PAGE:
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Jon Stewart's D.C. rally: The backlash
With the rally now just days away, critics from both parties are saying it might do more harm than good. Why are people so upset?
Stewart's rally is meant to "dial down the temperature on the nation's political rhetoric." Will it succeed or just create more noise?
Stewart's rally is meant to "dial down the temperature on the nation's political rhetoric." Will it succeed or just create more noise?
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omedy Central hosts Jon Stewart and Stephen Colbert are gearing up for their big "Rally to Restore Sanity and/or Fear" on Washington's National Mall in a few days — but not everyone thinks the event is a laughing matter. Democrats are concerned it will distract from voter-turnout efforts, while conservative are decrying it as disrespectful of traditional marches. And the critics in the media? They only seem to agree that Stewart, especially, should stay home. What's the big deal? (Watch an AP report about the rally preparation)

Stewart's desecrating the Mall: "Marches on Washington are forums for proclaiming truths about human beings," says Mark Judge in The Daily Caller, especially those "tied to ideas about God, morality, and the common good." So Stewart is the worst person to lead one. "Trapped in his own smirk," he won't stand up for anything, except "the smug decadence of the liberal West, which valorizes choice and irony above all else, even truth."
"The paralysis of Jon Stewart liberalism"

The rally's not the problem: "When conservatives turn to fury, liberals take solace in irony," says Michael Tomasky in The Guardian, and Stewart will deliver. But his "laudable" rally will only feed the fury. No doubt Stewarts' "Million Moderate March" will be "excellent in real life," but when Fox News and Rush Limbaugh are done trashing it, after Election Day, half the country will think it was "another liberal hatefest."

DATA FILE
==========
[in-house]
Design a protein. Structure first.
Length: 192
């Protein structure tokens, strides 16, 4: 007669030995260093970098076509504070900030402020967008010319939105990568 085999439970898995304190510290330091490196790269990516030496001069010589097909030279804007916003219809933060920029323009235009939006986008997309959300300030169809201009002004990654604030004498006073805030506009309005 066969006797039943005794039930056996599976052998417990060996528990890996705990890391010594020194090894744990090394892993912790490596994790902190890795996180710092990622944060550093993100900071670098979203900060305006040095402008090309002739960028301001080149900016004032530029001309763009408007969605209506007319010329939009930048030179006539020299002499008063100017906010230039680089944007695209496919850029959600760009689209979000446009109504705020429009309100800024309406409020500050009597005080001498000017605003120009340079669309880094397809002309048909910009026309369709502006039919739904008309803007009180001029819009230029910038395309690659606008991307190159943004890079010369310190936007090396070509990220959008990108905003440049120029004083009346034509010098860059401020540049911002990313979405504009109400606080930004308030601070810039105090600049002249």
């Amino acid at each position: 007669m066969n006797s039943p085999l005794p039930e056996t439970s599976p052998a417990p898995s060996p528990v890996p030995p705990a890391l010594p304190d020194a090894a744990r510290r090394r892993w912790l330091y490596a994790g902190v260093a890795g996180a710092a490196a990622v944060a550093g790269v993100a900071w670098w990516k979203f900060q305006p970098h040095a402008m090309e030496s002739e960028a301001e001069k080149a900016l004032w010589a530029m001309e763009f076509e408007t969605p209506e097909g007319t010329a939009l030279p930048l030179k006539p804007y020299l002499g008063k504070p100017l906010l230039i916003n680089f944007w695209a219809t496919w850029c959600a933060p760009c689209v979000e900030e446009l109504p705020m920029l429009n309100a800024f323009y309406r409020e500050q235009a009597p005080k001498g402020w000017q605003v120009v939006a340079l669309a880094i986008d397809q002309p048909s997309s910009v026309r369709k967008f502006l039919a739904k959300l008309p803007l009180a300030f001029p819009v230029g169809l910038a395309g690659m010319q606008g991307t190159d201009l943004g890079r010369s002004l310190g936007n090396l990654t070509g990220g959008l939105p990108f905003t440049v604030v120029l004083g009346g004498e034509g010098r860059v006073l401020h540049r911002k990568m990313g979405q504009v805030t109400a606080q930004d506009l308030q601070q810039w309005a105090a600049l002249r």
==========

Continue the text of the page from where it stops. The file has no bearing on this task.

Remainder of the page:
"Jon Stewart still calls out to sensible America. Fox won't"

The haters need to "lighten up": The growing chorus of "cultural critics" are overthinking Stewart's rally or maybe losing their critical faculties, says Ryan Kearney in TBD. Stewart is an entertainer, and his rally is about one thing: "fun." Everyone else sees that, so why can't the critics? Maybe it's fear and "bitterness" — we journalists want Stewart to give voice to our cynicism about media figures and politicians, not become one.
"A guide to the misguided criticism of the Stewart/Colbert rally"

"Funny" won't restore sanity: The problem is that Stewart can "hilariously skewer" politicians all he wants, says Jesse Singal in The Boston Globe, and it won't change anyone's mind or, as the rally is ostensibly geared toward, "dial down the temperature on the nation's political rhetoric." We are way past that point. The best we can hope for is that "the image of the Mall packed with folks advocating for sanity will send a message."
"Funny won't cut the hate"

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